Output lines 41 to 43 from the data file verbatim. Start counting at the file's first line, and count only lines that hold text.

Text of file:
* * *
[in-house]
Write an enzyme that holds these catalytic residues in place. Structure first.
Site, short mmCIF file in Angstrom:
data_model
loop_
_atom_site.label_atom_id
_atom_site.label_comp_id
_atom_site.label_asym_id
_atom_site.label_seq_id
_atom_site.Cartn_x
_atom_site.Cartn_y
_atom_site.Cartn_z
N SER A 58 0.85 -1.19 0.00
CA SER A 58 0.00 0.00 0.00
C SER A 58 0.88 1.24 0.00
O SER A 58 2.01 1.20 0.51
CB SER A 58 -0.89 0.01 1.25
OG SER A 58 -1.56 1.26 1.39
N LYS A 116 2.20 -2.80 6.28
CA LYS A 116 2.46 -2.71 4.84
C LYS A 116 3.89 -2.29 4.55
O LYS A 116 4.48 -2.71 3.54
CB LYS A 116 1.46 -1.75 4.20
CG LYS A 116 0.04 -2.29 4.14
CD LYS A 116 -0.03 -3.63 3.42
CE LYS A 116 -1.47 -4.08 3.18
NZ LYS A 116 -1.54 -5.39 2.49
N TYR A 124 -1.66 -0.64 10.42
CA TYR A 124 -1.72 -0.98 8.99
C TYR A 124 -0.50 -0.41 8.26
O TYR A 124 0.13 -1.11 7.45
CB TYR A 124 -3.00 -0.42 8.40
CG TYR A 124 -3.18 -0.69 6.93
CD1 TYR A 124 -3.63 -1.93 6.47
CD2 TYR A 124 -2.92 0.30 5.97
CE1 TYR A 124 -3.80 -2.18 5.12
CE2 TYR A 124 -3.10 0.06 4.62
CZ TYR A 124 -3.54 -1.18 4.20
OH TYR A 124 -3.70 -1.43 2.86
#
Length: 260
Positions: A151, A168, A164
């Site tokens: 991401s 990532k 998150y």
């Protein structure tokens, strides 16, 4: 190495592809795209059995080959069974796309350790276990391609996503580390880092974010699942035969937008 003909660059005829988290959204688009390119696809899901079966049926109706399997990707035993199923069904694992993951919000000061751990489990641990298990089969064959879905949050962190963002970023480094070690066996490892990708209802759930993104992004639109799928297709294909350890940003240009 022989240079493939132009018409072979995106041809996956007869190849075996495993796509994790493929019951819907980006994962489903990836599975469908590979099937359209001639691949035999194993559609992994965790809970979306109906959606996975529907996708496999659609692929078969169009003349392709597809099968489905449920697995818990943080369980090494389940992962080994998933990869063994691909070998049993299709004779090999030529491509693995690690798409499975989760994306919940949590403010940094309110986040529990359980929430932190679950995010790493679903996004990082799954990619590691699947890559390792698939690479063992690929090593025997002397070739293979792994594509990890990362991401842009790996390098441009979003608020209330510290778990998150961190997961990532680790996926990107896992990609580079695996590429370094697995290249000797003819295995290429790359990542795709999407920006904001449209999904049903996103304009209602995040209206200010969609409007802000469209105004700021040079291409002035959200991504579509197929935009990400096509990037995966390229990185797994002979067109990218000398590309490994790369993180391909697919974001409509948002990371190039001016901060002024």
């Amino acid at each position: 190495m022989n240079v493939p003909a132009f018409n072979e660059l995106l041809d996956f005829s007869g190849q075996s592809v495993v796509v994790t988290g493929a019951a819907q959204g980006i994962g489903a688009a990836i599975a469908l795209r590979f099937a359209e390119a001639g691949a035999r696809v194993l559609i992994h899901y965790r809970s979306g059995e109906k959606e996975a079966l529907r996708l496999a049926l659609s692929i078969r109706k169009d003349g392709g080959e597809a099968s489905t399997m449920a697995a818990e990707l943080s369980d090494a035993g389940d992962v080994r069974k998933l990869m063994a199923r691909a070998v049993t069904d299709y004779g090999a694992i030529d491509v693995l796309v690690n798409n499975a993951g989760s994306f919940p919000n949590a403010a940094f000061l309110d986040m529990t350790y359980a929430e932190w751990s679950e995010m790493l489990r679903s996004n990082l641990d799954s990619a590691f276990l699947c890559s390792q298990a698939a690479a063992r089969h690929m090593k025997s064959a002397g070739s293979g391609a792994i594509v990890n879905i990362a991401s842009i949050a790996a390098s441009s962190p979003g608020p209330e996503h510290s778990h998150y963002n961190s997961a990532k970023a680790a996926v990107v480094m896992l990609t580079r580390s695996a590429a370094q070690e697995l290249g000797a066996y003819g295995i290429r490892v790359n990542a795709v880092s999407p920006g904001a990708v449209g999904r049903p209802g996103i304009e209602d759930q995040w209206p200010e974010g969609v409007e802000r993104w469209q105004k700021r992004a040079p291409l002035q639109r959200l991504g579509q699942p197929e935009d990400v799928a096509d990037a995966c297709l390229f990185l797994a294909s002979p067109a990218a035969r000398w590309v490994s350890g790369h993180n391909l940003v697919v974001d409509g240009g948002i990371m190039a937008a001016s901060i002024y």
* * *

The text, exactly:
Length: 260
Positions: A151, A168, A164
């Site tokens: 991401s 990532k 998150y």